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3 hours ago, JayClay said:
19 hours ago, Kwasaki said:

Difficult to know about rate's the anti brexit mob here said the pound will hit Bottom but it's over 41 at the moment.

 

Which is a massive gain on the pre-vote rate of 55, huh?

 

Yep! My income from the UK dropped around 20% in value overnight ☹️

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3 hours ago, JayClay said:

 

Which is a massive gain on the pre-vote rate of 55, huh?

OK for those here who don't understand my point.

Brexit or no Brexit when has the Euro bought more baht than the £.

This is about strong baht currency £ was 37-38 for a long while, now at the moment around 41 why that is I have no idea.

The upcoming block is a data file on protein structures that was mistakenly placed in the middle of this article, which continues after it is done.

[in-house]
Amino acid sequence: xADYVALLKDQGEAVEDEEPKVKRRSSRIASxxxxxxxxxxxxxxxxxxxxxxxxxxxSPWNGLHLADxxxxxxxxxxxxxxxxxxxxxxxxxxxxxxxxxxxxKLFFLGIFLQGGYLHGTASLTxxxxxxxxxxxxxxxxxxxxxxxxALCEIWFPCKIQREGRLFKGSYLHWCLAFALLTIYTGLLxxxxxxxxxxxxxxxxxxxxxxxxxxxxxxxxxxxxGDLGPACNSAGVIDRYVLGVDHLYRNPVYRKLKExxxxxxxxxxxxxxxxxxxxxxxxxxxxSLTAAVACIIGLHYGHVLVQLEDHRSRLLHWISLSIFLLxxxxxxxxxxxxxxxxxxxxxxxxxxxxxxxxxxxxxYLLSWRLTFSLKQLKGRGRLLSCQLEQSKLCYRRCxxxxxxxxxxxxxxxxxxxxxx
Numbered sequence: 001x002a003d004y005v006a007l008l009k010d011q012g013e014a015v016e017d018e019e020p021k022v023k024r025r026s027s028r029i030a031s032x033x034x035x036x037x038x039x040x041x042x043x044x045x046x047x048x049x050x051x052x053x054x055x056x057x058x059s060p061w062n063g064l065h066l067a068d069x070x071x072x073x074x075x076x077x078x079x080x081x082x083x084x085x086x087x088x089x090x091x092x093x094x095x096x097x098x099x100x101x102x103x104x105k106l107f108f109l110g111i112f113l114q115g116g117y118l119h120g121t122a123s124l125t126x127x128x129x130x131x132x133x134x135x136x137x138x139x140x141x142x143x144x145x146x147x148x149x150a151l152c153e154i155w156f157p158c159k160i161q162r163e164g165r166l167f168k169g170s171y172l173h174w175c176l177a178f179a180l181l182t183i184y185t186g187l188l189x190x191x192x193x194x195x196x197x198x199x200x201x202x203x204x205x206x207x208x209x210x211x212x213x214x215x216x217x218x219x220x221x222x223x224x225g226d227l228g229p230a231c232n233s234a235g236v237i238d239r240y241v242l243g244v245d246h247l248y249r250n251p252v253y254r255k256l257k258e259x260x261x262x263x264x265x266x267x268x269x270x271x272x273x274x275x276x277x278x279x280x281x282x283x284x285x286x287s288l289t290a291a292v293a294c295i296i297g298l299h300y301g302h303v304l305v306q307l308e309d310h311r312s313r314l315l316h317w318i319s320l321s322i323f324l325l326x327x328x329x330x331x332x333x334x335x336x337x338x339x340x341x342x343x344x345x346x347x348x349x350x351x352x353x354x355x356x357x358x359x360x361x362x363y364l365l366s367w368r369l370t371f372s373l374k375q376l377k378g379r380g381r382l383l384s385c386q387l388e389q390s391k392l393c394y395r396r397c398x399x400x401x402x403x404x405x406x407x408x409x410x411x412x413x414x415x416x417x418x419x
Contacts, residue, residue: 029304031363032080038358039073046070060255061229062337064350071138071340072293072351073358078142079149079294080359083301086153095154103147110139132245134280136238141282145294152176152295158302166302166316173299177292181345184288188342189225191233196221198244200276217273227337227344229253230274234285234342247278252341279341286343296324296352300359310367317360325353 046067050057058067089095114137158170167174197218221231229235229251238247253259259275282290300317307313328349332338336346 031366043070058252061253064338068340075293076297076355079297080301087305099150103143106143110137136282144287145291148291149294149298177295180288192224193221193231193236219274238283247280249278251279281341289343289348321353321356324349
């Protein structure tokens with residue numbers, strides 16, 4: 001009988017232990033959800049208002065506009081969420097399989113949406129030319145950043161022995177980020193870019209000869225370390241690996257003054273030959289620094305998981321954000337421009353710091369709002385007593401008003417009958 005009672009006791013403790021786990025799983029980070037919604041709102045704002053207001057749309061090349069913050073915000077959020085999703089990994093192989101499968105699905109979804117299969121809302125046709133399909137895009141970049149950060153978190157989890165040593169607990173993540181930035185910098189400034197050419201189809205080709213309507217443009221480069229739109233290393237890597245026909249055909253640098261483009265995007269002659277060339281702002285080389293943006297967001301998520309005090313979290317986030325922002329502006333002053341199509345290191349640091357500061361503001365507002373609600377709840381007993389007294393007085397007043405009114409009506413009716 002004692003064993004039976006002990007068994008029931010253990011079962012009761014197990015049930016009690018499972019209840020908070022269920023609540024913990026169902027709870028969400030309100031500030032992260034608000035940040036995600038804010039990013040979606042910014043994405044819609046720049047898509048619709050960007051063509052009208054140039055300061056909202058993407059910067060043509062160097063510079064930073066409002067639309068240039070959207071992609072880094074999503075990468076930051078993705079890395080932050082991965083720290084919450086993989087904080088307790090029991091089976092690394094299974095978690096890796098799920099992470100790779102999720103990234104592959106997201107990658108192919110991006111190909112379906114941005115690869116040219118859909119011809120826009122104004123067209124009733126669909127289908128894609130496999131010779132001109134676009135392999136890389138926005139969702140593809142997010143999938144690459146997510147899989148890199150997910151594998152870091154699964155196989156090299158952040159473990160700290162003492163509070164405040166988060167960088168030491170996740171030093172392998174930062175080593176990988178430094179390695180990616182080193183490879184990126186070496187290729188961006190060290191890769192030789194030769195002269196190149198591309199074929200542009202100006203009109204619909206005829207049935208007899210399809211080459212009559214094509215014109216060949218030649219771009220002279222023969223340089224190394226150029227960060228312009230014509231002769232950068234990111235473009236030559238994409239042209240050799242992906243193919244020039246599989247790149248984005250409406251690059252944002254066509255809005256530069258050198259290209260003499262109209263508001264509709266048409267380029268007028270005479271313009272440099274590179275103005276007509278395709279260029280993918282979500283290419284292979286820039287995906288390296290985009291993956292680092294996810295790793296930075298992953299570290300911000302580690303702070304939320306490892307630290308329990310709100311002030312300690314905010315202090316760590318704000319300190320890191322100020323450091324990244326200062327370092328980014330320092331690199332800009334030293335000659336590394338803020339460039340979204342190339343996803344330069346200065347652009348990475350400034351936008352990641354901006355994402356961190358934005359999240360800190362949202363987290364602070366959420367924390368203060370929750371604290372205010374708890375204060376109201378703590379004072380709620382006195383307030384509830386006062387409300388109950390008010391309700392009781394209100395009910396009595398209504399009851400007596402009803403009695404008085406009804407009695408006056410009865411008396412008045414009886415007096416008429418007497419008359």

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9 minutes ago, Bangkok Barry said:

 

Yep! My income from the UK dropped around 20% in value overnight ☹️

Why don't you change to Euro's and get a better baht rate of exchange then.

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2 hours ago, thailand49 said:

It could be with less money you now eating more process food which can result in a higher blood sugar level thus the requirement of more peeing.😂

Yep, Diabetes, because you are eating of of the food carts, spending Baht, while not buying the more expensive healthy choices because of the high import fees....sigh

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28 minutes ago, ThaiFelix said:

Yeah but everybody is on one or the other US watchlist.........even themselves!

But is the Watchman on the watch-list, they were just borrowed after all, no manipulation of money on his part at all...just ask